Gone Girl is an unusual take on married life of an estranged couple and incidents thereon. The story unfolds in a thriller format, when one fine morning, the wife is found missing under mysterious circumstances. As investigation starts in anticipation of a potential murder, startling facts gets revealed one after another with a grand twist during the interval. But it is the second half of the film that hits you psychologically. Some of the scenes are so raw, that it keeps you at the edge of the seat, dreading to anticipate what would happen next. The film's ending is perhaps one of the most ironic endings that have been ever meted out and one can’t stop thinking whose karma it was anyways.
The film travels between present and past, as it unfolds tale of the couple and their journey- from how they met to how they put up a perfect pretense to keep their marriage going, even when skeletons kept peeping out now and then. While probably a lot of modern tale couple will identify, the similarities end here. What happens next, is what takes the audience off the hook.
The film has been brilliantly shot and its crisp editing ensures that the suspense drama never goes off the hook. The film explores complicated relationship between married couple, twin siblings, child-parent and of course lovers. The film doesn't use background music instead uses sometimes silence and sometimes natural background noise to give it a desired effect. In several places, the director has used body language and sound effectively as medium of communication in important sequences.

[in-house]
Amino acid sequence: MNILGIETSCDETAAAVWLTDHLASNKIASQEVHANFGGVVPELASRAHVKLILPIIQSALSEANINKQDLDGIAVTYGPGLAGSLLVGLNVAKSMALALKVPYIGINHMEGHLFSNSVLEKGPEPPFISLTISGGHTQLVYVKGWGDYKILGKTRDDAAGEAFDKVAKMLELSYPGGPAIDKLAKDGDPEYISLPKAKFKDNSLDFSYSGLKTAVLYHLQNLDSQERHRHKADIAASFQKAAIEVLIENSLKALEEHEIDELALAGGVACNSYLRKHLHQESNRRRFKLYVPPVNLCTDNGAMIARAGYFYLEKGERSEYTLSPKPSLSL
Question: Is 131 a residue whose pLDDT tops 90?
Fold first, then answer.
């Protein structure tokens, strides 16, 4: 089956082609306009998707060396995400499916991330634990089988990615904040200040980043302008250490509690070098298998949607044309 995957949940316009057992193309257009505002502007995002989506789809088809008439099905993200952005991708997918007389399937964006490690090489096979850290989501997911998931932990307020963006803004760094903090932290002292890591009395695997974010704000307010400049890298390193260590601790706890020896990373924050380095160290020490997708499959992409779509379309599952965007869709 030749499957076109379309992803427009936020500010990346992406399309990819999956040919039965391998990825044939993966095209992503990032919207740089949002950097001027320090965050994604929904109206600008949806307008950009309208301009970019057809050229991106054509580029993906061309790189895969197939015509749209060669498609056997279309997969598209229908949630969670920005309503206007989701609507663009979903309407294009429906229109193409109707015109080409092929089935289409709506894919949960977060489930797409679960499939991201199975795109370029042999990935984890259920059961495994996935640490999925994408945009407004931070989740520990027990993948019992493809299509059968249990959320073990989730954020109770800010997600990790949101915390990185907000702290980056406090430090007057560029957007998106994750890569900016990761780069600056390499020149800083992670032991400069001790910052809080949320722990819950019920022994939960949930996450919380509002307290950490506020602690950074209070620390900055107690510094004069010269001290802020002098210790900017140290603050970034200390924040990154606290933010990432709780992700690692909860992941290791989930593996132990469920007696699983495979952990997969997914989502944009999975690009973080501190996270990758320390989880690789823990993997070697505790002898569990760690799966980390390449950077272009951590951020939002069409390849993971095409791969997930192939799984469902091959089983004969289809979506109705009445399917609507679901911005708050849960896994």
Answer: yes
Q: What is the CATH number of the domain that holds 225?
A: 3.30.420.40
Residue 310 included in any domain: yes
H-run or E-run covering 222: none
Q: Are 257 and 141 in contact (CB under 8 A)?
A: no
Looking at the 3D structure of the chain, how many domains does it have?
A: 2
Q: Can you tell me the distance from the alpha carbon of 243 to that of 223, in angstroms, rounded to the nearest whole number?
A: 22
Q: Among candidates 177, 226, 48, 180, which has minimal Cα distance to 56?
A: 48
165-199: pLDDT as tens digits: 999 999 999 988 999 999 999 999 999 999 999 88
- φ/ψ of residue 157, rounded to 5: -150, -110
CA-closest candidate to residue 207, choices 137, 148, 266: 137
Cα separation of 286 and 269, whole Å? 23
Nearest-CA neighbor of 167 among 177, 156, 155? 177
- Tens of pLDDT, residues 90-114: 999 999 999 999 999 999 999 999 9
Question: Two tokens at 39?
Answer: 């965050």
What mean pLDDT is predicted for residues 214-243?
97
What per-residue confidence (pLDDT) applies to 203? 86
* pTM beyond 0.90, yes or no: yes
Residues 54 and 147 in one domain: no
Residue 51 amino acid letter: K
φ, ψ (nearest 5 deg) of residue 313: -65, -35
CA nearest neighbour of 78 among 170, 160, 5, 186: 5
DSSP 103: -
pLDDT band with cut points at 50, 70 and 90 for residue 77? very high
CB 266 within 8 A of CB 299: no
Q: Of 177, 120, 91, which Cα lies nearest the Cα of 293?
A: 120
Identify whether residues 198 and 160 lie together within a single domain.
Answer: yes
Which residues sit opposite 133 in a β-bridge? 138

The characters of the film are complex and layered, so much so that the darkness of one of the protagonist can actually make you feel sick. The psychological effect on the audience is paramount. The gentle cat in the house, who is almost a silent observer, is then almost a symbolic paradox, given the wildness around. The intimate scenes of the movie are shot with minimum nudity and rest has been edited out by Indian censor board. The film also occasionally springs up with unintended humor at the weird situation of the male protagonist.
Loosely based on Gillian Flynn’s best-selling novel, David Fincher delivers an ace with Gone Girl. Superbly directed and acted by all characters, the real hero of the movie is the riveting screenplay which not just engrosses you and by the end of it almost engulfs you with its unnerving raw power. Yet another book that makes into great cinema. Wish Indian Cinema pick up some cues from it.